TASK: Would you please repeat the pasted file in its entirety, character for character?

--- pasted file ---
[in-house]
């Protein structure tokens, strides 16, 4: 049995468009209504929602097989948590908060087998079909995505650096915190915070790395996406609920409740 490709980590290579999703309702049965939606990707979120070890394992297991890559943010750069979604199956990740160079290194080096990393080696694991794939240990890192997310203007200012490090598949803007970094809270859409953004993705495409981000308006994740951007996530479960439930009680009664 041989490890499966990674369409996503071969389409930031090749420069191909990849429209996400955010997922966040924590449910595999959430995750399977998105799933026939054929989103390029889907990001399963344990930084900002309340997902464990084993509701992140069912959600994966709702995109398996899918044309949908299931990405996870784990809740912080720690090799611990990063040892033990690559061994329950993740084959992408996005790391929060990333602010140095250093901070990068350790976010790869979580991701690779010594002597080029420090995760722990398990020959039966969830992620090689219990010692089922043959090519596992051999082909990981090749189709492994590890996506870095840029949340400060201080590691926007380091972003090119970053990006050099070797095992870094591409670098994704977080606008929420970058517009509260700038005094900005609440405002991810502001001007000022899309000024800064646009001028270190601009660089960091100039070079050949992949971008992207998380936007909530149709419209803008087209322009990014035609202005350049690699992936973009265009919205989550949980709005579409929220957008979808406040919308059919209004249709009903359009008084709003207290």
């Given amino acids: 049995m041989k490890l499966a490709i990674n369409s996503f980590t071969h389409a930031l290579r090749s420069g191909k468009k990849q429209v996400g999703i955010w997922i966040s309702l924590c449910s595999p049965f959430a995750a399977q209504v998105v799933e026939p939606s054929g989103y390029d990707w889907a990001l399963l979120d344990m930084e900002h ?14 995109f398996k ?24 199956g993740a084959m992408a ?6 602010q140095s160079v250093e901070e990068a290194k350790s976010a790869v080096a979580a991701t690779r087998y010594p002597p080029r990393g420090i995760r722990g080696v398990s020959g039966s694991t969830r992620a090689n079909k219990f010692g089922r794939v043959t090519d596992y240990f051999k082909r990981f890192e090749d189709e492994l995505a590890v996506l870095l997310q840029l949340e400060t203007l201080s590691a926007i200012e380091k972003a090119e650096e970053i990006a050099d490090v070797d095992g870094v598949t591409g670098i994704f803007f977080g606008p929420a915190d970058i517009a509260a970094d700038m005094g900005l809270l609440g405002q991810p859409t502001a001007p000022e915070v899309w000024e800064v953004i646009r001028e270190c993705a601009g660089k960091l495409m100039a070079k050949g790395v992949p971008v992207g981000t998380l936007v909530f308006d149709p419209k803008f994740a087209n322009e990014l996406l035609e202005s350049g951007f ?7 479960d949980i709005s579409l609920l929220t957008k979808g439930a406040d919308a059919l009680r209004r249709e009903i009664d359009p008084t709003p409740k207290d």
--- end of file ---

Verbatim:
[in-house]
């Protein structure tokens, strides 16, 4: 049995468009209504929602097989948590908060087998079909995505650096915190915070790395996406609920409740 490709980590290579999703309702049965939606990707979120070890394992297991890559943010750069979604199956990740160079290194080096990393080696694991794939240990890192997310203007200012490090598949803007970094809270859409953004993705495409981000308006994740951007996530479960439930009680009664 041989490890499966990674369409996503071969389409930031090749420069191909990849429209996400955010997922966040924590449910595999959430995750399977998105799933026939054929989103390029889907990001399963344990930084900002309340997902464990084993509701992140069912959600994966709702995109398996899918044309949908299931990405996870784990809740912080720690090799611990990063040892033990690559061994329950993740084959992408996005790391929060990333602010140095250093901070990068350790976010790869979580991701690779010594002597080029420090995760722990398990020959039966969830992620090689219990010692089922043959090519596992051999082909990981090749189709492994590890996506870095840029949340400060201080590691926007380091972003090119970053990006050099070797095992870094591409670098994704977080606008929420970058517009509260700038005094900005609440405002991810502001001007000022899309000024800064646009001028270190601009660089960091100039070079050949992949971008992207998380936007909530149709419209803008087209322009990014035609202005350049690699992936973009265009919205989550949980709005579409929220957008979808406040919308059919209004249709009903359009008084709003207290």
């Given amino acids: 049995m041989k490890l499966a490709i990674n369409s996503f980590t071969h389409a930031l290579r090749s420069g191909k468009k990849q429209v996400g999703i955010w997922i966040s309702l924590c449910s595999p049965f959430a995750a399977q209504v998105v799933e026939p939606s054929g989103y390029d990707w889907a990001l399963l979120d344990m930084e900002h ?14 995109f398996k ?24 199956g993740a084959m992408a ?6 602010q140095s160079v250093e901070e990068a290194k350790s976010a790869v080096a979580a991701t690779r087998y010594p002597p080029r990393g420090i995760r722990g080696v398990s020959g039966s694991t969830r992620a090689n079909k219990f010692g089922r794939v043959t090519d596992y240990f051999k082909r990981f890192e090749d189709e492994l995505a590890v996506l870095l997310q840029l949340e400060t203007l201080s590691a926007i200012e380091k972003a090119e650096e970053i990006a050099d490090v070797d095992g870094v598949t591409g670098i994704f803007f977080g606008p929420a915190d970058i517009a509260a970094d700038m005094g900005l809270l609440g405002q991810p859409t502001a001007p000022e915070v899309w000024e800064v953004i646009r001028e270190c993705a601009g660089k960091l495409m100039a070079k050949g790395v992949p971008v992207g981000t998380l936007v909530f308006d149709p419209k803008f994740a087209n322009e990014l996406l035609e202005s350049g951007f ?7 479960d949980i709005s579409l609920l929220t957008k979808g439930a406040d919308a059919l009680r209004r249709e009903i009664d359009p008084t709003p409740k207290d």